Chris Milsom considers the recent EAT Judgment which decides that a limited company can sue for discrimination under the Equality Act 2010 below:
In this month’s Employment Law Association Briefing (Blurred Lines? ‘Association’, ‘Direct’ and ‘Indirect’ following CHEZ) I addressed the controversial decision on associative discrimination of CHEZ Razpredelenie Bulgaria Ad v Komisia Za Zashtita Ot Diskriminatsia  IRLR 746. I suggested that one observation in the opinion of AG Kokott at  warranted further attention on another day (emphasis added):-
“…it is clear that economically active persons are also exposed in various ways to the risk of suffering discrimination based on certain personal characteristics, in particular on the grounds listed in Article 21 of the Charter of Fundamental Rights and in the anti-discrimination Directives. Consequently, the prohibition of discrimination, as given substance in Directive 2000/43, expressly also applies in employment and occupation, as can be seen not least from the definition of its scope in Article 3(1)(a) to (d) of the Directive. Even legal persons can enjoy protection against discrimination where necessary.”
Before the dust has even settled on the CJEU’s decision the EAT has spoken in EAD Solicitors LLP and ors v Abrams UKEAT/0054/15/DM. Its practical effects may well be considerable. The Equality Act 2010 is very likely to find its way into civil disputes far more frequently going forward.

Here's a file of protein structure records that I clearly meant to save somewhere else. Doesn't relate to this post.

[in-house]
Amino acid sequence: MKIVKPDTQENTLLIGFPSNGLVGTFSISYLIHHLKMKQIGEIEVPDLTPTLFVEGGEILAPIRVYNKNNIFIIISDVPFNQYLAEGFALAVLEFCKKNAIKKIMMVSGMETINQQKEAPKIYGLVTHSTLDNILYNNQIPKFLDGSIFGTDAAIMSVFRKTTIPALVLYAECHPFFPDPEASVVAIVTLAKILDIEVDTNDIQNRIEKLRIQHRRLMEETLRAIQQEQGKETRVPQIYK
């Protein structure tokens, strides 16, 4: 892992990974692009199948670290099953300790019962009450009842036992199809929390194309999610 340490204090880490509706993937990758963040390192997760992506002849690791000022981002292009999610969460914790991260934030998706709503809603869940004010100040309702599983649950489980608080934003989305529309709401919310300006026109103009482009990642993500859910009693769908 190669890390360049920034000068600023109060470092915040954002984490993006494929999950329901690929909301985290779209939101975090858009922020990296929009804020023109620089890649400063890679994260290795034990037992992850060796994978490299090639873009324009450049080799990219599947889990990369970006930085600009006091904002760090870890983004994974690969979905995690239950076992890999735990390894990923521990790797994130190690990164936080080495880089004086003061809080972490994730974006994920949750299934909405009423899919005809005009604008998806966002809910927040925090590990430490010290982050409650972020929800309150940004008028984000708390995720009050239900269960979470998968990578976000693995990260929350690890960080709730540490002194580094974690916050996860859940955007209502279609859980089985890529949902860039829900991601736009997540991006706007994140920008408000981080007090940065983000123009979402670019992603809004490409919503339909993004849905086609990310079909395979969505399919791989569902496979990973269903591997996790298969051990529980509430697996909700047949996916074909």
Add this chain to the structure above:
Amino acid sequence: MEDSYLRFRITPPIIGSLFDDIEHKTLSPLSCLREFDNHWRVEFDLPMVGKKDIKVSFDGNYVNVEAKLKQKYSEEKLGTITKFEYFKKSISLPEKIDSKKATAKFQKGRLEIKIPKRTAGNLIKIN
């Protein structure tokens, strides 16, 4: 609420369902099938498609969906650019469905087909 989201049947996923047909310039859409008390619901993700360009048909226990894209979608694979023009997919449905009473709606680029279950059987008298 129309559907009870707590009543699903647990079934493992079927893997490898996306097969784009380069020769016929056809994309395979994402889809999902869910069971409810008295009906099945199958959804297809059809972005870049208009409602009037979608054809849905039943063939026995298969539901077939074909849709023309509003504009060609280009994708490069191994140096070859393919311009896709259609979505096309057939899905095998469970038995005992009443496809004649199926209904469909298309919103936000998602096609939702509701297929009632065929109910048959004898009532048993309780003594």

Mr Abrams, aged 62, set up a limited company on approaching retirement (L Co) and was a member of an LLP. L Co was essentially the Claimant below. On setting up that limited company as sole director he replaced himself as member of the LLP with L Co. L Co, as member of the LLP, was entitled to receive the same profit share as formerly enjoyed by Mr Abrams and conversely agreed to supply the services of an appropriate fee-earner to the LLP. Whilst Mr Abrams was the obvious choice to provide these services there was no obligation upon him to do so. He was neither an employee nor a worker; nor was there any contract between him and the LLP.
It had been agreed between the LLP and Mr Abrams that had he continued to be a member of the LLP he would retire at a stipulated age. The twist in the tail is that on Mr Abrams attaining that age the LLP objected to L Co offering Mr Abrams’ services and further objected to L Co continuing as a member of the LLP.
The Basic Framework
A few words on the legislative background. Section 4 LLP Act 2000 permits corporate bodies to be members of an LLP. Section 45(2) of the Equality Act 2010, 10 years later, provides as follows:
(2) An LLP(A) must not discriminate against a member (B)
(a) as to the terms on which B is a member…
(c) by expelling B;
(d) by subjecting B to any other detriment.
Such claims, by reason of s120(1)(a), can only be pursued in the ET. Discrimination bears its usual meaning including, for these purposes, that found at s.13:
(1) A person (A) discriminates against another (B) if, because of a protected characteristic, A treats B less favourably than A treats or would treat others.
“A person,” according to Schedule 1 of the Interpretation Act 1978, includes “a body of persons corporate or unincorporate.” It is entirely uncontroversial in practice that person “A” extends to a corporate person: hence the vast majority of ET claims against employing entities rather than individual persons. But what of person “B?”